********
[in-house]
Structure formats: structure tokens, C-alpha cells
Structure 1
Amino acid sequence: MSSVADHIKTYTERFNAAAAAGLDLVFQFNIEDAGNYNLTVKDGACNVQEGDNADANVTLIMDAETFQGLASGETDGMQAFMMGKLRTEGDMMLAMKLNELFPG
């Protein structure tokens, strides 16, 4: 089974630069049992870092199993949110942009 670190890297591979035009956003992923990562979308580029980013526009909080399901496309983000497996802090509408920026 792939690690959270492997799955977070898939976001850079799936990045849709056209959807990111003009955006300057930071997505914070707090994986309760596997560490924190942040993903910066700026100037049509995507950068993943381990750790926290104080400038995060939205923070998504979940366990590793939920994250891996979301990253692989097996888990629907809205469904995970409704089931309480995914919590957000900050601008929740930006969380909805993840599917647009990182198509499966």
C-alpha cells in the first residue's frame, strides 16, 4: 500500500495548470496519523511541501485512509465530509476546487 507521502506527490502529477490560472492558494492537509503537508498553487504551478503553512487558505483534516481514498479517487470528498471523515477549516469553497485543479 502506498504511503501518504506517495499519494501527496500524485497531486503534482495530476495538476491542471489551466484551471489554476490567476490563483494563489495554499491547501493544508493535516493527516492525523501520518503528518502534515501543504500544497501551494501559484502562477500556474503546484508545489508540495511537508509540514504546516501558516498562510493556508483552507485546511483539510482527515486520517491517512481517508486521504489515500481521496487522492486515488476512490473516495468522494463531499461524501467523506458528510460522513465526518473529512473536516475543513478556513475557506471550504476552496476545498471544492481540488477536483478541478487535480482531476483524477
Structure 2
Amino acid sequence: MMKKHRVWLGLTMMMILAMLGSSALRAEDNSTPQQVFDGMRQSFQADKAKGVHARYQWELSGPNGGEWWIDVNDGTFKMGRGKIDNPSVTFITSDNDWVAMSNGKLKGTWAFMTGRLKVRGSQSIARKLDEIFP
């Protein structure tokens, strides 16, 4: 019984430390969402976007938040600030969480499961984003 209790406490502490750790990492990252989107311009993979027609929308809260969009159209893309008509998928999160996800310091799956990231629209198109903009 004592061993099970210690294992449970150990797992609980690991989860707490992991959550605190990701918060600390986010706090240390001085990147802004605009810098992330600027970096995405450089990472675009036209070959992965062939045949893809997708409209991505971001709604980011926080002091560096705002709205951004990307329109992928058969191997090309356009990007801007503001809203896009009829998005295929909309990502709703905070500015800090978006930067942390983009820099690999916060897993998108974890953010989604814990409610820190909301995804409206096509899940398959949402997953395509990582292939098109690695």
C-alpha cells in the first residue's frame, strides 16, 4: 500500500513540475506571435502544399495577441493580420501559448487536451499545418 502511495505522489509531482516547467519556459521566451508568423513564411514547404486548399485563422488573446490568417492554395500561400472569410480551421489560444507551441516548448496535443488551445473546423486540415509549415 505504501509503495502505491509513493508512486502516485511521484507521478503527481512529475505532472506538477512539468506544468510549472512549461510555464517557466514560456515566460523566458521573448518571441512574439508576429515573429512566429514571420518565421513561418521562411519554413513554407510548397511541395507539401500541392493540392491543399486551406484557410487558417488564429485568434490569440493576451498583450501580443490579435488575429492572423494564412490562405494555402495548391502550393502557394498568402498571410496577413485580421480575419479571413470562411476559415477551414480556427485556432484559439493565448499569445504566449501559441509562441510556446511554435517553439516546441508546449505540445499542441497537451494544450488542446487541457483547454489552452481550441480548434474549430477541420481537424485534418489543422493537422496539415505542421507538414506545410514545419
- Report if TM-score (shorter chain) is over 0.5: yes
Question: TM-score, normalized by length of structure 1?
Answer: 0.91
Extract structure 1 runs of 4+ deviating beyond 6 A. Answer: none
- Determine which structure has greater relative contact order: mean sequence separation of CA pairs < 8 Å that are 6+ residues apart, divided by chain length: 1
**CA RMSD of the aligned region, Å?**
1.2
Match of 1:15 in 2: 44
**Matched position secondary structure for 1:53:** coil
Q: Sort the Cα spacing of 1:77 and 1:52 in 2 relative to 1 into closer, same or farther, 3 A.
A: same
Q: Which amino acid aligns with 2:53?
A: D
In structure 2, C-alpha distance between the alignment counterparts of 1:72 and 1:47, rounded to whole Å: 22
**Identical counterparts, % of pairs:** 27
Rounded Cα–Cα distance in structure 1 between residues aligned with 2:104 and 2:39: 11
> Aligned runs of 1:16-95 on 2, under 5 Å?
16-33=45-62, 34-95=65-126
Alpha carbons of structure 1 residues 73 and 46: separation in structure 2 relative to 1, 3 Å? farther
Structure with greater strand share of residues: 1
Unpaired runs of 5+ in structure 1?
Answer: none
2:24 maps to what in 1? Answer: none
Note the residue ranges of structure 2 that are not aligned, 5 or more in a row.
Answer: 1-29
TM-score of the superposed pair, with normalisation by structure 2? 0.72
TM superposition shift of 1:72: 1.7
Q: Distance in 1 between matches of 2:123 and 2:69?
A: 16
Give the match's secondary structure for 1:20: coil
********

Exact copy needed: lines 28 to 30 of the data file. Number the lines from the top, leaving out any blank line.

16-33=45-62, 34-95=65-126
Alpha carbons of structure 1 residues 73 and 46: separation in structure 2 relative to 1, 3 Å? farther
Structure with greater strand share of residues: 1